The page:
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Medea
It shall be so. But if you were to give me a promise of this, I would have all I could wish from you.

Aegeus
Do you not trust me? What is your difficulty?

Medea
I trust you. But Pelias' house is hostile to me, [735] and Creon as well. If you are bound by an oath, you will not give me up to them when they come to take me out of the country. But if you have made an agreement in mere words and have not sworn by the gods, you might become their friend and comply with diplomatic requests. For I am weak, [740] while they have wealth and royal power.

Aegeus
You have shown much prudence in your speech. Well, if you like, I do not object to doing this. Not only is this plan safer for me, since I can show your enemies some pretext, [745] but your own case is more secure. Name the gods I must swear by.

Medea
Swear by the plain of Earth, by Helios, my grandfather, and by the whole race of gods all together.

Aegeus
To do what or to refrain from what? You must say.

Medea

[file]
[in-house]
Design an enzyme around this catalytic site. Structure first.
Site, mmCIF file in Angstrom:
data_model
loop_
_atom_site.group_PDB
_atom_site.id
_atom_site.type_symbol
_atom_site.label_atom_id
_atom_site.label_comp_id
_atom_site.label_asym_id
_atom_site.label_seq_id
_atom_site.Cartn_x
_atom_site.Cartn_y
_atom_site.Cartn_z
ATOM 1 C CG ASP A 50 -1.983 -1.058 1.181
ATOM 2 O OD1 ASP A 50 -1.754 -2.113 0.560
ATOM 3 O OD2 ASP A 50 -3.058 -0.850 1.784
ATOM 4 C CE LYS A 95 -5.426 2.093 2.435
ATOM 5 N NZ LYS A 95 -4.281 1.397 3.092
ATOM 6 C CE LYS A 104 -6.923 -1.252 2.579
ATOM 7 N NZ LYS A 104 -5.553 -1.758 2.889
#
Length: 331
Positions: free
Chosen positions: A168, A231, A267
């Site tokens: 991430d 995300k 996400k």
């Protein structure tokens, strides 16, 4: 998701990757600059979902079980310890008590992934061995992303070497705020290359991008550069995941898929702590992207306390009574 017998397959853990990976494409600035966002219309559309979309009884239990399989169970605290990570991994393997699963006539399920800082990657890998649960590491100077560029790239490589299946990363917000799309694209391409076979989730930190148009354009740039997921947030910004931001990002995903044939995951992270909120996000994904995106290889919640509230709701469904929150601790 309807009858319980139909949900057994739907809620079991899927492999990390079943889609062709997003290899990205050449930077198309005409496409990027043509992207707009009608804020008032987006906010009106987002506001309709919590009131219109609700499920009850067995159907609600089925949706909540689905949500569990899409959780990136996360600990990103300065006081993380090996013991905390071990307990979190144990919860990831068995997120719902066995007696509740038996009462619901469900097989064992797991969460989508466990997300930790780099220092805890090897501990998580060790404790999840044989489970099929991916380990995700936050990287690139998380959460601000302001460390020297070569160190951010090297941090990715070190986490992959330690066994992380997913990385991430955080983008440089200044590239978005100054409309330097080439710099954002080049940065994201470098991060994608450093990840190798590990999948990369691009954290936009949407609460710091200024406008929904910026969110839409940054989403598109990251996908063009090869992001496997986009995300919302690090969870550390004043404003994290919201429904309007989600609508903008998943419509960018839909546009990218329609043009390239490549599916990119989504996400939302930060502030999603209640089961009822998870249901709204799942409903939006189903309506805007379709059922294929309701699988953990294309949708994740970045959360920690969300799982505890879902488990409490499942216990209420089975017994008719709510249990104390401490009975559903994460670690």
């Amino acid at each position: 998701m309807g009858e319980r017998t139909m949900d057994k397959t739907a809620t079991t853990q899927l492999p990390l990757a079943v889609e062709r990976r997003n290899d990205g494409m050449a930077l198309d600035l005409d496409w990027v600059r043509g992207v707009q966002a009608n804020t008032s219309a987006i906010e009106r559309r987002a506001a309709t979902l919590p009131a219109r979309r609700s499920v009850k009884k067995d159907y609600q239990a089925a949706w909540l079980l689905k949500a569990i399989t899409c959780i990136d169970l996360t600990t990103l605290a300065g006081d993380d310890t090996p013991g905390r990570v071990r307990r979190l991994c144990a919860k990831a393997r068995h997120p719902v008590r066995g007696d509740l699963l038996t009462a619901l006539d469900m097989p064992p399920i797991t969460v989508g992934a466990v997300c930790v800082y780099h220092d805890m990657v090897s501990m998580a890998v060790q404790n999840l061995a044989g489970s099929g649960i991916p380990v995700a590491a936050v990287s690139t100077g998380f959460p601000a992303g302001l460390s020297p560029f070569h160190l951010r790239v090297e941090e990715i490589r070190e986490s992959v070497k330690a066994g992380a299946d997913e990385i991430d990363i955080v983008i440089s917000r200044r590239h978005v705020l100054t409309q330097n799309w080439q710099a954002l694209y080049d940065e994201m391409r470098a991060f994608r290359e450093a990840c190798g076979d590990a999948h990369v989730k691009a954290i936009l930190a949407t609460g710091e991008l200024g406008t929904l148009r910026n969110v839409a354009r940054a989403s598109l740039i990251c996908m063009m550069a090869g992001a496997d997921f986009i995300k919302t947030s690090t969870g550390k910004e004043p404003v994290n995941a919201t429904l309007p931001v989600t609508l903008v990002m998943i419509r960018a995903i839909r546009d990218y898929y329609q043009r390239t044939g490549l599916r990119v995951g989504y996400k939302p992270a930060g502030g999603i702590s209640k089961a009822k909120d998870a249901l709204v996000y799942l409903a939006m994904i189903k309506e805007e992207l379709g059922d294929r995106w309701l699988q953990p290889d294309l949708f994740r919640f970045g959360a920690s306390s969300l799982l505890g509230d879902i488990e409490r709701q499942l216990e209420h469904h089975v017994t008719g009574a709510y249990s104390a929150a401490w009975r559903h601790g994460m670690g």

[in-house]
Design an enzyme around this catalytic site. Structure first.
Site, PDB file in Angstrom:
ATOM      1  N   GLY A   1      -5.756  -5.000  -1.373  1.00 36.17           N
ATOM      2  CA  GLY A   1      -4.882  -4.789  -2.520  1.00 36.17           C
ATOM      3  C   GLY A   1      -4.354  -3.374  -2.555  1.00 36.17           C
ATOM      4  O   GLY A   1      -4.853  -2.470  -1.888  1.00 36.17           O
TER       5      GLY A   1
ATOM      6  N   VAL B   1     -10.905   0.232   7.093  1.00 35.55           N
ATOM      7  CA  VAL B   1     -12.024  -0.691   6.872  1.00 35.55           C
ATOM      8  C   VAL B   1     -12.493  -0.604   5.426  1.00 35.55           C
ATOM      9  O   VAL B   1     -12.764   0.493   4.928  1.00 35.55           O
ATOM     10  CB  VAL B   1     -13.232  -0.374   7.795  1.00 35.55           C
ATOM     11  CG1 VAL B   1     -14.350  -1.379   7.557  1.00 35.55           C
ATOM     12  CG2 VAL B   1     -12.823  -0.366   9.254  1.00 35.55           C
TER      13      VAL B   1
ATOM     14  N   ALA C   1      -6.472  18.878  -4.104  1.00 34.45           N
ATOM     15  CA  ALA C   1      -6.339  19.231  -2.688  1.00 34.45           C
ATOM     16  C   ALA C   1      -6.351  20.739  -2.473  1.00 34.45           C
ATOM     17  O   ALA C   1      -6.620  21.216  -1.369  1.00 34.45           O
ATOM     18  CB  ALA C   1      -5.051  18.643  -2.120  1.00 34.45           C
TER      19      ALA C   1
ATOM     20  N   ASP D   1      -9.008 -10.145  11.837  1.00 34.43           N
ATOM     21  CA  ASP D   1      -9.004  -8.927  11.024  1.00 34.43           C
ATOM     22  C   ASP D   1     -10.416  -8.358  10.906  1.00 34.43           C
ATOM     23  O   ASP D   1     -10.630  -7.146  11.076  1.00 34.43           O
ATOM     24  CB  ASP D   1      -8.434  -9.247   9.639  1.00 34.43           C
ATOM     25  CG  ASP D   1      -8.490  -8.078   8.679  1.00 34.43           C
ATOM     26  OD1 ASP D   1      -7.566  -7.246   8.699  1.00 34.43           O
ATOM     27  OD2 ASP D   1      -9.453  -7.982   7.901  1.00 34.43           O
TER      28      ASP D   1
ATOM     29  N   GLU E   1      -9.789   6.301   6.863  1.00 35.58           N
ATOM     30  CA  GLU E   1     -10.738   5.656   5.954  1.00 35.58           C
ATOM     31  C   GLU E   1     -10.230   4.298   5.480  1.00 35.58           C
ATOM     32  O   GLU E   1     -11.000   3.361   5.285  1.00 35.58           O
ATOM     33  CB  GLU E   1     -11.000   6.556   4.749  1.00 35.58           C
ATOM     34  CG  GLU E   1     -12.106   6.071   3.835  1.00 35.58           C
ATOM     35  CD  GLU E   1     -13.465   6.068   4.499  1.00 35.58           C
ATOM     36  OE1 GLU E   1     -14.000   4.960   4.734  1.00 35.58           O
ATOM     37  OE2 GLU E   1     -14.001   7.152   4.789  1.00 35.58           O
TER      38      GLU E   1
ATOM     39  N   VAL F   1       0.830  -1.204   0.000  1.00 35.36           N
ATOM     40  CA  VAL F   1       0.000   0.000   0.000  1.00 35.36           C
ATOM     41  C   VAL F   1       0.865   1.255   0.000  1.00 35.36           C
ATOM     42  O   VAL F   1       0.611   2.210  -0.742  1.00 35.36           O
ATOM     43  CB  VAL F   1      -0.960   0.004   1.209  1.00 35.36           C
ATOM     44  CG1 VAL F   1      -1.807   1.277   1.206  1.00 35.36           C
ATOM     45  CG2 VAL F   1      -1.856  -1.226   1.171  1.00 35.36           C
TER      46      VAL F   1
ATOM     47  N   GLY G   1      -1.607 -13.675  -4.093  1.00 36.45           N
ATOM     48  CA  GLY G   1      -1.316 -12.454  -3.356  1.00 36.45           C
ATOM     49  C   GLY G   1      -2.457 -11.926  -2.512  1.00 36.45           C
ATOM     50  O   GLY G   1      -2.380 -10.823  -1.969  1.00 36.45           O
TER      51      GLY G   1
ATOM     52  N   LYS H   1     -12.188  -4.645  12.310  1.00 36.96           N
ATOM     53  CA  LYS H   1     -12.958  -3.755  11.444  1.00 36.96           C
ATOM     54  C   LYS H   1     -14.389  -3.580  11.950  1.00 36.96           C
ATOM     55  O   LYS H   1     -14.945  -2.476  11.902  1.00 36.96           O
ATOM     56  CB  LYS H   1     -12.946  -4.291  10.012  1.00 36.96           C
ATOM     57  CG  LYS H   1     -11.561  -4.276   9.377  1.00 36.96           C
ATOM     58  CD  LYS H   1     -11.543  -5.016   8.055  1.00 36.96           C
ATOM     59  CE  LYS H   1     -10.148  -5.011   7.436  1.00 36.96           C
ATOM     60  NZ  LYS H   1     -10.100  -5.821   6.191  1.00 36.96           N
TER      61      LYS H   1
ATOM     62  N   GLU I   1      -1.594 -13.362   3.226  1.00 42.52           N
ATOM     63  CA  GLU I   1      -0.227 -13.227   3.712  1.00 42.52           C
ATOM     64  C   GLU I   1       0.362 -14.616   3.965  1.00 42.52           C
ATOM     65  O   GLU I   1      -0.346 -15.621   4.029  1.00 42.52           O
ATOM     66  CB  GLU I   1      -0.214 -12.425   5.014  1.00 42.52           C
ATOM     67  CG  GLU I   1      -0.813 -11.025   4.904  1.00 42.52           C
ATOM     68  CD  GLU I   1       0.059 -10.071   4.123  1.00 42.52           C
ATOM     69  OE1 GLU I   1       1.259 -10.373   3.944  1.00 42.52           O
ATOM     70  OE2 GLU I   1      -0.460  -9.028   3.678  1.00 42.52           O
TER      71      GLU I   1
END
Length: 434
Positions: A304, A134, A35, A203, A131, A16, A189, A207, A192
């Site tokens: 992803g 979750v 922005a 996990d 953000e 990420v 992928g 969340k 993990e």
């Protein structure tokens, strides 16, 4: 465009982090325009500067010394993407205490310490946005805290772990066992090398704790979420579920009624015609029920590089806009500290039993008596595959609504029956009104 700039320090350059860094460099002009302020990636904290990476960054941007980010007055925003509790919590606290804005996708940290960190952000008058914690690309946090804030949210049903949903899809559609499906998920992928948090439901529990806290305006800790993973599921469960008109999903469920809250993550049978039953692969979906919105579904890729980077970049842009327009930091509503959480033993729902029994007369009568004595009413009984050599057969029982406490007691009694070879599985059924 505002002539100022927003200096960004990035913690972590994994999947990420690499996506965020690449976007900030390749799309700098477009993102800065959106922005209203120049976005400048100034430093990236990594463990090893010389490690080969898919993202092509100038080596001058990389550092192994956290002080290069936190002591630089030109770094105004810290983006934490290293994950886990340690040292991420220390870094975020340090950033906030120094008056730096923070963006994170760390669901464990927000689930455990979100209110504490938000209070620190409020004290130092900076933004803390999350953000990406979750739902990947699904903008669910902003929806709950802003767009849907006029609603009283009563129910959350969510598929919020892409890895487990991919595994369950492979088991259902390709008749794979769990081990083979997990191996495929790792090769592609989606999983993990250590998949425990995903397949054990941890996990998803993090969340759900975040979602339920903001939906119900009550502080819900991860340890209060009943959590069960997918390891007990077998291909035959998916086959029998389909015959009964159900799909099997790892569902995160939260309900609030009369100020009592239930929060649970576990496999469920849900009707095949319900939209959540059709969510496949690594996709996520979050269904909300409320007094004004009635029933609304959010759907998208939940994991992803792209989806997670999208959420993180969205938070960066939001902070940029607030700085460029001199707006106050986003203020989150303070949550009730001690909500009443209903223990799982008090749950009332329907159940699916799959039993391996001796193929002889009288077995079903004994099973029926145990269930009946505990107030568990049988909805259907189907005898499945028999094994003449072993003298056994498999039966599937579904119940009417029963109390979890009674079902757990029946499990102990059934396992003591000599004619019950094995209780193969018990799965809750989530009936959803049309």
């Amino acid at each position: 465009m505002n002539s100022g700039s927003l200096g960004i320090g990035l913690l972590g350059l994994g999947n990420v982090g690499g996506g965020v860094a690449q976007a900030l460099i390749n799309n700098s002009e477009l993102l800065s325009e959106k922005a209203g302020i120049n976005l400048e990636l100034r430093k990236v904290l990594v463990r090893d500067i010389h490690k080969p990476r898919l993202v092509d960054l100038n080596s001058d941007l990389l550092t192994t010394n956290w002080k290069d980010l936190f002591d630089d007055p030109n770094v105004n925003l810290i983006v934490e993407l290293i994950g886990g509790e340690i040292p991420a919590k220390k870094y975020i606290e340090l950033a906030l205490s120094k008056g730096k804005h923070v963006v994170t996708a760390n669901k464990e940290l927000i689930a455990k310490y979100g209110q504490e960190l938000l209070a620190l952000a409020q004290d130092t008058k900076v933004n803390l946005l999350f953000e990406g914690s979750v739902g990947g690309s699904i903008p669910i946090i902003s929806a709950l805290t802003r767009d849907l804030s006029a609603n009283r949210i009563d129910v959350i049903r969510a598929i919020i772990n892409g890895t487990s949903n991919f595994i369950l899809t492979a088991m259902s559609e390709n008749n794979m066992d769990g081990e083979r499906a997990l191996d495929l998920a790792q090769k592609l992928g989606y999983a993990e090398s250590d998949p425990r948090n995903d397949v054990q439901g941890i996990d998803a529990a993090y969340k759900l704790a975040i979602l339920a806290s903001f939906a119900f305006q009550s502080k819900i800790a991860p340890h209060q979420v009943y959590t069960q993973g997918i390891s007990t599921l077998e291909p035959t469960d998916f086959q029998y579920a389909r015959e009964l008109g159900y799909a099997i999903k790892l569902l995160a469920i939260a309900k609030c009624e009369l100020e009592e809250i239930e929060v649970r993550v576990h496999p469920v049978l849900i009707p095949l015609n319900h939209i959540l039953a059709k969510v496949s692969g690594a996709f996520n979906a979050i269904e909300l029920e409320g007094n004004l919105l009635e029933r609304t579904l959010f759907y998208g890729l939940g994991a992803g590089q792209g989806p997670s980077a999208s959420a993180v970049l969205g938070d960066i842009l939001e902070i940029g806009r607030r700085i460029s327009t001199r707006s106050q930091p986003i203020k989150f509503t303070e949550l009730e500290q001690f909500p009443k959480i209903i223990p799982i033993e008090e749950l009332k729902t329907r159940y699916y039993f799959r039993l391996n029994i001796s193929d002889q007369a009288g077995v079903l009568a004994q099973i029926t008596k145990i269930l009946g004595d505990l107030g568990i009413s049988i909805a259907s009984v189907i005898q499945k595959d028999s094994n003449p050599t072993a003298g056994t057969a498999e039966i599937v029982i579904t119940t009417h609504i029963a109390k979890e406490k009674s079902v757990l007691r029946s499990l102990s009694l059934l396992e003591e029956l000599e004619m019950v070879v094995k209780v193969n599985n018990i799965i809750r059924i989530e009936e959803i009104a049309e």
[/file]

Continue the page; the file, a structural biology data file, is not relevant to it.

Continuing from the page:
That you yourself will never banish me from your land [750] and that, if any of my enemies ask to take me, you will not willingly give me up as long as you live.

Aegeus
I swear by Earth, by the holy light of Helios, and by all the gods that I will do as I have heard from your lips.

Medea
That is good. But what punishment do you call down on yourself if you do not abide by your oath?

Aegeus
[755] The punishment that befalls the impious among mortals.

Medea
Go your way with joy. For all is well, and I shall come to your city as soon as I can, when I have accomplished what I intend and gained what I wish.Exit Aegeus by Eisodos A.

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  • Commentary references to this page (1):
    • Sir Richard C. Jebb, Commentary on Sophocles: Oedipus at Colonus, 1729
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